The jury in the bank- and tax-fraud trial of U.S. President Donald Trump's former campaign chairman Paul Manafort was set for its fourth day of deliberations on August 21 after failing to reach a verdict the previous day.
The trial is the first to emerge from Special Counsel Robert Mueller's investigation into Russian ties with Trump's 2016 campaign.
Manafort, 69, faces 18 counts of tax evasion and banking fraud, with many of the charges centering on allegations that he illegally avoided taxes on some of the $60 million he earned from his political consulting work for the former pro-Russia president of Ukraine, Viktor Yanukovych, and his party between 2010 and 2014.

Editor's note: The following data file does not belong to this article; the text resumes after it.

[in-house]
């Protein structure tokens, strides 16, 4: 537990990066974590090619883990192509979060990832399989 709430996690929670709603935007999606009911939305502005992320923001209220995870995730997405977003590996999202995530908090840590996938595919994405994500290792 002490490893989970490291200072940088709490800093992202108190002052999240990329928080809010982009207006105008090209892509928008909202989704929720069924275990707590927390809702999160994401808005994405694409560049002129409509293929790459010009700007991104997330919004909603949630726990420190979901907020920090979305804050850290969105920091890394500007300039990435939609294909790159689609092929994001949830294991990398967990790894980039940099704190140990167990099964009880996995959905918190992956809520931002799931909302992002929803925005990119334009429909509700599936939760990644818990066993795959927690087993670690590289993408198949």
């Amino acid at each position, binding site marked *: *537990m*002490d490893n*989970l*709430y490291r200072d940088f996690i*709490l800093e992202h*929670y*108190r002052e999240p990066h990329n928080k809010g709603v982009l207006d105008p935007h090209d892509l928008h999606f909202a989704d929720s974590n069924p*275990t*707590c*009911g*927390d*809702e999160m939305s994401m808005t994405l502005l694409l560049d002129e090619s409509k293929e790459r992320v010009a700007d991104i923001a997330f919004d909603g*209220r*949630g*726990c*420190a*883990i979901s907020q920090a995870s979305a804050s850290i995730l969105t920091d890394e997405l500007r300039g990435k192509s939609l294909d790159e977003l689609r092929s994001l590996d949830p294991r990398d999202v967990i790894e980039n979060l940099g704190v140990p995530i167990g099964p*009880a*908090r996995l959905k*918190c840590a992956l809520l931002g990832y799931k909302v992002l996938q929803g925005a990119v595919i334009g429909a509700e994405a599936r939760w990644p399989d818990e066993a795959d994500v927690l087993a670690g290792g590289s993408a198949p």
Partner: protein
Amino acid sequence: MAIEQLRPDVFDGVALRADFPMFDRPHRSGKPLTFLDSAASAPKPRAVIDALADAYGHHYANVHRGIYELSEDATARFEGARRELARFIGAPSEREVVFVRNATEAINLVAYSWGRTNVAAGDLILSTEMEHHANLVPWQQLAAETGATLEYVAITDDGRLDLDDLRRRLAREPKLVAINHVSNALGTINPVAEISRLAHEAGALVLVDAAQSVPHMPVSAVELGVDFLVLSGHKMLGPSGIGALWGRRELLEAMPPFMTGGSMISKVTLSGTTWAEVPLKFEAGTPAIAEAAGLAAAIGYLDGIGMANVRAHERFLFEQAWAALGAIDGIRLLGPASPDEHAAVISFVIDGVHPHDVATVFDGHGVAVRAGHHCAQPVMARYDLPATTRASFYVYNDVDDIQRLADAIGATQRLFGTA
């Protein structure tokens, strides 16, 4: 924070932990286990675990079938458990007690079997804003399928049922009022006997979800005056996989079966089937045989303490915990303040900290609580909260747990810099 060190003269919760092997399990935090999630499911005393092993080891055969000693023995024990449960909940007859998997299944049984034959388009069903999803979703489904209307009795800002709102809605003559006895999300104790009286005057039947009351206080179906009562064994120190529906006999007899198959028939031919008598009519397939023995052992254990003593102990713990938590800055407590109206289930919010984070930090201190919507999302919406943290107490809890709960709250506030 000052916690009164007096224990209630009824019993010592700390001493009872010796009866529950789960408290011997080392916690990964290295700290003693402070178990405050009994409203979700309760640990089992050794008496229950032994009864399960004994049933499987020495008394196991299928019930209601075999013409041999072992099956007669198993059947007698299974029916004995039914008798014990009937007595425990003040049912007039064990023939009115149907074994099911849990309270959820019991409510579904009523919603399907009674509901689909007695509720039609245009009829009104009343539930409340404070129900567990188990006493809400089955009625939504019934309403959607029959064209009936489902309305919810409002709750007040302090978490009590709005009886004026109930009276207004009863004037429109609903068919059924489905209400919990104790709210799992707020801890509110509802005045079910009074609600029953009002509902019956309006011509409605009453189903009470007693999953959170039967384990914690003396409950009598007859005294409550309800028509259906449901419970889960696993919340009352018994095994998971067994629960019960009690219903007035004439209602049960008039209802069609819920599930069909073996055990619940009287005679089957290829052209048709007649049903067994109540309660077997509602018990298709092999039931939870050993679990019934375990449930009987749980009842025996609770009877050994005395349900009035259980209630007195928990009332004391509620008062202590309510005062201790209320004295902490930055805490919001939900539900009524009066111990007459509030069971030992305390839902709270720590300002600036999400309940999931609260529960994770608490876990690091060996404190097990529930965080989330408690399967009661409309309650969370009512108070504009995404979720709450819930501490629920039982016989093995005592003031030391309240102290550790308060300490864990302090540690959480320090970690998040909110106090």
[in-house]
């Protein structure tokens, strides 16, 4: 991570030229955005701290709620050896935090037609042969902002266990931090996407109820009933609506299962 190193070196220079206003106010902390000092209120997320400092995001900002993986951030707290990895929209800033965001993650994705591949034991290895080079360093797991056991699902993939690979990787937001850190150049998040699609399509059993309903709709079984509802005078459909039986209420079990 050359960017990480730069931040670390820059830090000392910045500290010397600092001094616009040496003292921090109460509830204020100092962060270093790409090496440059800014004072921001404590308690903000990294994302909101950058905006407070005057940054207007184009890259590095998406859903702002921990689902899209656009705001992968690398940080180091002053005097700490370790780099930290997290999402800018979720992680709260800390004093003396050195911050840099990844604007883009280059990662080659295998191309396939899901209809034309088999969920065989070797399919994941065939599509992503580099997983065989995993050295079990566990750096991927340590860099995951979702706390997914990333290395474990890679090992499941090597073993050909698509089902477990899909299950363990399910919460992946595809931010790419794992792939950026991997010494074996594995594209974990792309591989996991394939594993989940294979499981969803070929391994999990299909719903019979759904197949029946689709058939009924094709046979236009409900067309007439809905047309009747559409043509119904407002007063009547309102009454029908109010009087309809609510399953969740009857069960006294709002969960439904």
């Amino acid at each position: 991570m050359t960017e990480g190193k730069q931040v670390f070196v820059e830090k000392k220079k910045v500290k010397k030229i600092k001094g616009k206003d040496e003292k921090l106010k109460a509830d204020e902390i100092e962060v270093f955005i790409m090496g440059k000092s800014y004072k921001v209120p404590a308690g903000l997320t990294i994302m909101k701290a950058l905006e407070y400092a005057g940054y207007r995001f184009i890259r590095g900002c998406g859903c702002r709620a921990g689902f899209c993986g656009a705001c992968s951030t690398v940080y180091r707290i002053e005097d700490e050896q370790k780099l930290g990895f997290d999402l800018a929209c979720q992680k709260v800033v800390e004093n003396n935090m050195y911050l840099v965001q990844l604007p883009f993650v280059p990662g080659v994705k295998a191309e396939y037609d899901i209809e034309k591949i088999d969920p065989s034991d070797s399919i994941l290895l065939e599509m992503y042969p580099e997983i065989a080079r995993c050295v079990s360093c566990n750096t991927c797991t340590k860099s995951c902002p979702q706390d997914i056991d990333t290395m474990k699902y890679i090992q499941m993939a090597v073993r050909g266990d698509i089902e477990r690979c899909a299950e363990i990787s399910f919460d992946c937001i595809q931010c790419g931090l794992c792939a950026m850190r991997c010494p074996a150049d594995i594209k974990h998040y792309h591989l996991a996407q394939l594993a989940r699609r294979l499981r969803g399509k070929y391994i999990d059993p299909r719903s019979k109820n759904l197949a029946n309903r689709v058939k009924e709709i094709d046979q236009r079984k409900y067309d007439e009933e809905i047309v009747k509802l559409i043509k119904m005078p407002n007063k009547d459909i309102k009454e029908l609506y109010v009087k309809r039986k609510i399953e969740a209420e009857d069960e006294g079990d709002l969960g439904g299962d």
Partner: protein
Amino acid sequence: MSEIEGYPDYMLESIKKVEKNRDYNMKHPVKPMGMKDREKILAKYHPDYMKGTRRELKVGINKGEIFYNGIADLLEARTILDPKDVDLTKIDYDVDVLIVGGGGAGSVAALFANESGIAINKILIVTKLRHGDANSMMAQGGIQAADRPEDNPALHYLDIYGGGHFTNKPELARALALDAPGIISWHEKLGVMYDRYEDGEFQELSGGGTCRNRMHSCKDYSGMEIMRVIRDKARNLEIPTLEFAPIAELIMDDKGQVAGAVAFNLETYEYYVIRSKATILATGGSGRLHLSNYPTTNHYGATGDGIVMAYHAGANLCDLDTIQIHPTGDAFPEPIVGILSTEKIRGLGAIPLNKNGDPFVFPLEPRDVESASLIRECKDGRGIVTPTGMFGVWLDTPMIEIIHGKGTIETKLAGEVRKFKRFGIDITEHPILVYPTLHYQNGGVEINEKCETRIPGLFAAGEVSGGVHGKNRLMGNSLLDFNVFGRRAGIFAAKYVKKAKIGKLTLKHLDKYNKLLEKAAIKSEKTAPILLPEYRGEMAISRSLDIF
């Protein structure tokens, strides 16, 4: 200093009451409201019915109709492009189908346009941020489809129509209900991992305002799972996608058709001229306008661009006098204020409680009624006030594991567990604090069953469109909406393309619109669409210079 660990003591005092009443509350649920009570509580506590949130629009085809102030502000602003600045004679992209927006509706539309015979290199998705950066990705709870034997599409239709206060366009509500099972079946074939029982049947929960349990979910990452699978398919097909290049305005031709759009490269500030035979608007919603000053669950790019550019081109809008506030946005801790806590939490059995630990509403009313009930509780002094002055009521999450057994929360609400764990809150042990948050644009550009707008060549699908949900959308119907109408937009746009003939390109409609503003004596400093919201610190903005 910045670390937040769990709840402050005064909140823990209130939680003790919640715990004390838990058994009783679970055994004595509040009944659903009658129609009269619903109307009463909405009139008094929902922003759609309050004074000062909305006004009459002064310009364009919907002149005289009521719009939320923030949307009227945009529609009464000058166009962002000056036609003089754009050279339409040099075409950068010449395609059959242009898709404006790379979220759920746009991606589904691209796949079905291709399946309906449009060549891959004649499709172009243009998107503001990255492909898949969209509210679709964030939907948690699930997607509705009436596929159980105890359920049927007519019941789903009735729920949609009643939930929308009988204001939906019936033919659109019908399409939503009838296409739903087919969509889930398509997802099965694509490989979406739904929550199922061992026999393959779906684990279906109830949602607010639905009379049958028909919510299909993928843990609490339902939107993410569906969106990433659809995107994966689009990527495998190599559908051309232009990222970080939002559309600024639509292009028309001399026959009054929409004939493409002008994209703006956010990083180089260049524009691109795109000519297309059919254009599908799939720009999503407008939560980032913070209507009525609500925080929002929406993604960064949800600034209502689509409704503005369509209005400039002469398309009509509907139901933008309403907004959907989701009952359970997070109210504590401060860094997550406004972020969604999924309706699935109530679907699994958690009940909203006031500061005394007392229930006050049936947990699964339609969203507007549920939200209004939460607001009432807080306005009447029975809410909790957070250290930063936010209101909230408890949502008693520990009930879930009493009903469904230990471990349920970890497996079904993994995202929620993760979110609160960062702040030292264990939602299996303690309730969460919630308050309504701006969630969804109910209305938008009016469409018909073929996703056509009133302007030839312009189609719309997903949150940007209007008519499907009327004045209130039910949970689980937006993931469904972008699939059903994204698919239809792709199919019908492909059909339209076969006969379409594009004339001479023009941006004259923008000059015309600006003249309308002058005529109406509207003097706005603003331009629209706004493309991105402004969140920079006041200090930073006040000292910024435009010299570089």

If convicted on all the charges, he could spend the rest of his life in prison.
Trump has described Manafort as a "very good person" and said the Mueller's case against him is "sad."
"He worked for me for a very short period of time. But you know what? He happens to be a very good person," Trump told reporters last week.
"I think it's very sad what they've done to Paul Manafort."
On August 20, Trump on Twitter accused Mueller's team of "enjoying ruining people's lives" and trying to influence the upcoming congressional elections in November, in which Trump's Republican party is struggling to maintain its hold on both houses of Congress.